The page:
Heavy rain that swept through Jefferson County over the weekend led to flooding on several roads, which had to be closed.
Some of those roads were still closed on Monday, including Byrnesville road at South Byrnesville Road in Byrnesville, Corisande Hill Road at Harbor Hill Road in unincorporated Fenton, Cedar Hill Road from the access to Burgess Ford Road in Cedar Hill, Klondike Road at Big Bend Road in Dittmer and Little Dutch Creek Road at Dutch Creek Road in Cedar Hill, the Jefferson County Office of Emergency Management reported.
The Missouri Department of Transportation said on Monday that Hwy. BB between Ashley Hill Road and Three B Road near Cedar Hill, Hwy. W. from Hoene Spring to Twin River Road near Eureka and Hwy. AA from Weaver Road to the train tracks near Festus were closed, too.
The National Weather Service reported that about 6 inches of rain and 2 inches of snow fell between Friday and Sunday, Jan. 10-Jan. 12, with some areas seeing more rainfall than others.
The Office of Emergency Management reported that about 20 roads were closed over the weekend throughout Jefferson County.
“I think it was handled well,” Jefferson County Emergency Management Director Warren Robinson said. “The amount of flooding is always a toss-up with an event like this, especially when you are seeing so much rain over a widespread area. I do think we came out of this in a good way. It certainly could have been worse, when you think about the floods we have experienced in the past. Overall, it stayed about on track with the forecast we got coming in to it.”
Warren said could not predict when roads that were closed as of Monday morning would reopen.
“Some of these are being impacted by the Big River, and that is going to slowly go down over the next day or two,” Robinson said. “Some should be open before too long.”
On Monday, Big River and Mississippi River were expected to have crested with the Big River going up to 21.11 feet and the Mississippi River hitting 31.6 feet, according to the National Weather Service’s website.
The Meramec River was expected to crest at 30.6 feet on Tuesday morning, the National Weather Service reported.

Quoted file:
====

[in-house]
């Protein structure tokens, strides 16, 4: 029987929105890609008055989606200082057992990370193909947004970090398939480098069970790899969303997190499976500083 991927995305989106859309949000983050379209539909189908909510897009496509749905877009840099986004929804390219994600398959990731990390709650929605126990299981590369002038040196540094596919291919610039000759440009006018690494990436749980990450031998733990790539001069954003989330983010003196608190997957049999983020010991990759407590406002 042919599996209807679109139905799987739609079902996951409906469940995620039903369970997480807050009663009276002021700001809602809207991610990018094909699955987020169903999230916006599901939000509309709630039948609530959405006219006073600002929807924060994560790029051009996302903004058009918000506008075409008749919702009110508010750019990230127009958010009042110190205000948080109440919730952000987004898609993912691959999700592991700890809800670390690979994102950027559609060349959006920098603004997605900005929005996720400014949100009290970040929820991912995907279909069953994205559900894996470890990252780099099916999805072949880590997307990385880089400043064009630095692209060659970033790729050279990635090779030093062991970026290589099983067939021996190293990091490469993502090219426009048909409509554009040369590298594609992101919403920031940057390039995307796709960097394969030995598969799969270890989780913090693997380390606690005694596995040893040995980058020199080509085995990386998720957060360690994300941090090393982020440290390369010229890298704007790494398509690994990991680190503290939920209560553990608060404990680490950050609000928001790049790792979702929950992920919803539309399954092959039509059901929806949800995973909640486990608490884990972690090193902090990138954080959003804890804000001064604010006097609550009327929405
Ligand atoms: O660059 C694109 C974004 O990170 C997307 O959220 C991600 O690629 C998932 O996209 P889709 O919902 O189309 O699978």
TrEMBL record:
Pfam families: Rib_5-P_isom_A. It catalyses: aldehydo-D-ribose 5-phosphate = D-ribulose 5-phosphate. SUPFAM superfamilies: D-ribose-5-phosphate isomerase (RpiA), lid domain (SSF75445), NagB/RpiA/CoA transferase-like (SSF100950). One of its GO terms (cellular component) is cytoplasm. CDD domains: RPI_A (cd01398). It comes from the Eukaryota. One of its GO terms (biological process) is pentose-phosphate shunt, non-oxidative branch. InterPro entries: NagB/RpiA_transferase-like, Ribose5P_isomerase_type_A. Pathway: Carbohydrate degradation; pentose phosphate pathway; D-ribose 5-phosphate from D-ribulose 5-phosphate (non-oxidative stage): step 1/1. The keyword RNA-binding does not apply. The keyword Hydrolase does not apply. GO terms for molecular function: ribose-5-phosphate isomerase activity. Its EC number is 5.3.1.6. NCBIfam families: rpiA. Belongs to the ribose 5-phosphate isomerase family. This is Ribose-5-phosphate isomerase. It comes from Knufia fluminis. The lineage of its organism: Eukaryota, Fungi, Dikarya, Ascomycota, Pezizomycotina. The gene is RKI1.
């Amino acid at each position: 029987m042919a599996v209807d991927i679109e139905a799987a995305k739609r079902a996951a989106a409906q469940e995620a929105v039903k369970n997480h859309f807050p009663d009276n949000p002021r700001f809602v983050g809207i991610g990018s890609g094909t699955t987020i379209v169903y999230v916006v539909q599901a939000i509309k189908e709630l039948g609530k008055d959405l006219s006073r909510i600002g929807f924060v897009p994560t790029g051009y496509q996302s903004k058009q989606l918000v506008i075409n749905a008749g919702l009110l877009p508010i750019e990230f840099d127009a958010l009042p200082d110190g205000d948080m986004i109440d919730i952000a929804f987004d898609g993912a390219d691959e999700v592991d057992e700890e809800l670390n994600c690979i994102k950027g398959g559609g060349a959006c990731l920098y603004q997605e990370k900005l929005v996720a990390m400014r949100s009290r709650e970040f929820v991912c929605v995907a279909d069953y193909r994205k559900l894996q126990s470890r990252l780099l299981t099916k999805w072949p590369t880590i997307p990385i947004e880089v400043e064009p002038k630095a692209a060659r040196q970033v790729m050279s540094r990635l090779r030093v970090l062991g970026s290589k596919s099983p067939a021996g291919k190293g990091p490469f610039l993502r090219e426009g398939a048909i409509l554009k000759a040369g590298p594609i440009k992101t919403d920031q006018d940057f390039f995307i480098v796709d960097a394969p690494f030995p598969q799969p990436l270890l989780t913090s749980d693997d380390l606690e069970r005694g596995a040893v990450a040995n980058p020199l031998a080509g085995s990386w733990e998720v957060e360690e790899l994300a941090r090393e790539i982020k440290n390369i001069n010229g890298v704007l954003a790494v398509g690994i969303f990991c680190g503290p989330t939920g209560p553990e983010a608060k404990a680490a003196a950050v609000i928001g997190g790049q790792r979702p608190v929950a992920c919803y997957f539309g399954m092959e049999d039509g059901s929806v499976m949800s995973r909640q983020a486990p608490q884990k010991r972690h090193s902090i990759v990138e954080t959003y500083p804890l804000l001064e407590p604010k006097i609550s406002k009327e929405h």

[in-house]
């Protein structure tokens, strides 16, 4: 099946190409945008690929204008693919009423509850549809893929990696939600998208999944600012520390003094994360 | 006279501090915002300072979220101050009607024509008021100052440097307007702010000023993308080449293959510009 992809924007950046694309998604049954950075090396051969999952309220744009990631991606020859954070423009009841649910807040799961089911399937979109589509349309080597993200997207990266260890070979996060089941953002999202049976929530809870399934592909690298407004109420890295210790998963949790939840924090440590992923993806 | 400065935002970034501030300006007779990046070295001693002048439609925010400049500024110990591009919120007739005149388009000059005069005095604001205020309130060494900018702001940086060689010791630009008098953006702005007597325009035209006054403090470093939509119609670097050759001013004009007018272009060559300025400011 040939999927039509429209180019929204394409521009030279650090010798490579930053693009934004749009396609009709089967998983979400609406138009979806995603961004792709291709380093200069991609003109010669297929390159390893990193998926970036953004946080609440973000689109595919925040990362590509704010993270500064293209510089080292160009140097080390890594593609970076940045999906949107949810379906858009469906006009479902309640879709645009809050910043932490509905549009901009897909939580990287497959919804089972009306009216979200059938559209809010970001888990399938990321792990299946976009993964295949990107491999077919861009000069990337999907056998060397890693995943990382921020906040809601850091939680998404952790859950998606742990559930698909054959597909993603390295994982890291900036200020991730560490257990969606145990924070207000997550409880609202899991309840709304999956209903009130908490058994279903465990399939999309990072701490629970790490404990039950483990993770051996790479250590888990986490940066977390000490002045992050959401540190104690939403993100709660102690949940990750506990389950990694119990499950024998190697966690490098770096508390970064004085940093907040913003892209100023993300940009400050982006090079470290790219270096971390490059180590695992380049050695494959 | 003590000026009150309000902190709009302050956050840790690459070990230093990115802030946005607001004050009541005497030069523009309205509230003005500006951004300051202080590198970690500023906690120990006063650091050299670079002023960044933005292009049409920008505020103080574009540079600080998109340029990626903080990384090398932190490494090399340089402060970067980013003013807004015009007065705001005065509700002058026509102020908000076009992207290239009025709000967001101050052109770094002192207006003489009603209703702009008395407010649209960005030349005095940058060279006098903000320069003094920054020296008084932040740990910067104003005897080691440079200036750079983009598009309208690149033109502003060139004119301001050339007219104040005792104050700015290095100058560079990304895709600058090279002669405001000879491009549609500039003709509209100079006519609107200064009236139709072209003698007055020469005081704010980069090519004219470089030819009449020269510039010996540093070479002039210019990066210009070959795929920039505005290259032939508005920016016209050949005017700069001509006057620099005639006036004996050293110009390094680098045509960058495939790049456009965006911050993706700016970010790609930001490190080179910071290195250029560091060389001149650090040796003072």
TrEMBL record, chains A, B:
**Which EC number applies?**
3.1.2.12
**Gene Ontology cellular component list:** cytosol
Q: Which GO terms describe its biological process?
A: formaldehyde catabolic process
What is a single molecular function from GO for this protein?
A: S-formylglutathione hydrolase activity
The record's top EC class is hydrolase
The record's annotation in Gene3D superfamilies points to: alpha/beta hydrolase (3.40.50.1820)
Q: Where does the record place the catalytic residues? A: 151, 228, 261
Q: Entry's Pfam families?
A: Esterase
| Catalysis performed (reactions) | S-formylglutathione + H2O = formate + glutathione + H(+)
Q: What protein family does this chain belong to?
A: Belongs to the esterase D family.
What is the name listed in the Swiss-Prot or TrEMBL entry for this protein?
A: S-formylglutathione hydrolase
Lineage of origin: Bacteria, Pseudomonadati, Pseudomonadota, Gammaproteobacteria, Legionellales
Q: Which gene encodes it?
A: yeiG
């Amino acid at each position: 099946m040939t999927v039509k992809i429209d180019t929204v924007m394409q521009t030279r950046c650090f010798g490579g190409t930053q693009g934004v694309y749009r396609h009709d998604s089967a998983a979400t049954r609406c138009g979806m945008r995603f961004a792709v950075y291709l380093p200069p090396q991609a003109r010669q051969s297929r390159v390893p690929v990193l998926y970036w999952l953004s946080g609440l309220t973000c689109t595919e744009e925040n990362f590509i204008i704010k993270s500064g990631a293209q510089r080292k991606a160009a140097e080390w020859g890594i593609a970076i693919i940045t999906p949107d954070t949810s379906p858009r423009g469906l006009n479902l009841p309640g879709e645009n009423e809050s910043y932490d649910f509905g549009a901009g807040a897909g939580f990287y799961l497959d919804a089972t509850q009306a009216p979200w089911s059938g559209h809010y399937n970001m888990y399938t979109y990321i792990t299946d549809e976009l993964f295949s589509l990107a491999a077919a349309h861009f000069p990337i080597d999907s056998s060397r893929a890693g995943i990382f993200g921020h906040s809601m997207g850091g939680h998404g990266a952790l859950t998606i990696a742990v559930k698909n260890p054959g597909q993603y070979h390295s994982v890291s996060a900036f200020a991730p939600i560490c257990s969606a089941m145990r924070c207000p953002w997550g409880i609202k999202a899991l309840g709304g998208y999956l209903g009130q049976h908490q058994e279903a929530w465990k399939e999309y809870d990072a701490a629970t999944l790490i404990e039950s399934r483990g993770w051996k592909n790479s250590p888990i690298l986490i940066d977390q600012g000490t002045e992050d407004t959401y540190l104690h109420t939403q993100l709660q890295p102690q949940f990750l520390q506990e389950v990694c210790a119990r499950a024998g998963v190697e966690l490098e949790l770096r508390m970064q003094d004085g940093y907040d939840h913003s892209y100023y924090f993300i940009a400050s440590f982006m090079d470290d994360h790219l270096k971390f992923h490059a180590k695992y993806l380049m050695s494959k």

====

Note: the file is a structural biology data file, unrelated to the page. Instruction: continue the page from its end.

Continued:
The Big River crest delivered moderate flooding, and the Mississippi and Meramec rivers’ predicted crest level was expected to produce minor flooding, the National Weather Service said.
Other road closures throughout Jefferson County were:
■ Tom Frost near Catawissa
■ Little Dutch Creek at Hwy. NN near Cedar Hill
■ Ficken Road near Cedar Hill
■ Engledow Road at Engledow Springs Road near De Soto
■ Calico Creek Road near De Soto
■ Old Hwy. H near De Soto
■ Cedar Hollow near De Soto
■ Frederica Street at North 3rd Street in De Soto
■ North Main Street at Mahn Avenue in De Soto
■ Pillen Road near Dittmer
■ Browns Ford Road at the river access near Dittmer
■ Dry Fork Road at Hwy. T near Festus
■ Boyce Lane near Festus
“The National Weather Service did a good job letting us know it was coming,” Robinson said. “It looks like there was a little more rainfall at the Big River than we initially anticipated, but not a great deal. It crested about a foot above what was anticipated. We didn’t have too many call-outs for water rescues. I think folks heeded the warnings well, and that is what we like to see.”
There was minor flooding at Arnold City Park and the now-closed Arnold Golf Club, said Dickie Brown, the city’s Parks and Recreation director.
On Monday, Brown said Hollywood Beach Road in the city park, which is located off Jeffco Boulevard near the Meramec River, is closed.
However, he said the rest of the park is open.
Brown said the eastern end of the golf course, 1 Golfview Drive, had some flooding. The golf course closed after snow in December and will not reopen after City Council members didn’t approve a lease agreement on Dec. 19 with Walters Golf Management to keep the course open.
“We faired fine,” Brown said. “(Flood water) didn’t get up onto the main road or other areas (in Arnold City Park). I think we are going to be fine, and it will not affect the park at all. The golf course got a little water on the eastern end, which typically floods first. It was not a lot of water. It wasn’t severe, and there shouldn’t be a lot of damage because it came through pretty quickly. We are not going to have to anything extra at this time as long as the numbers hold true.”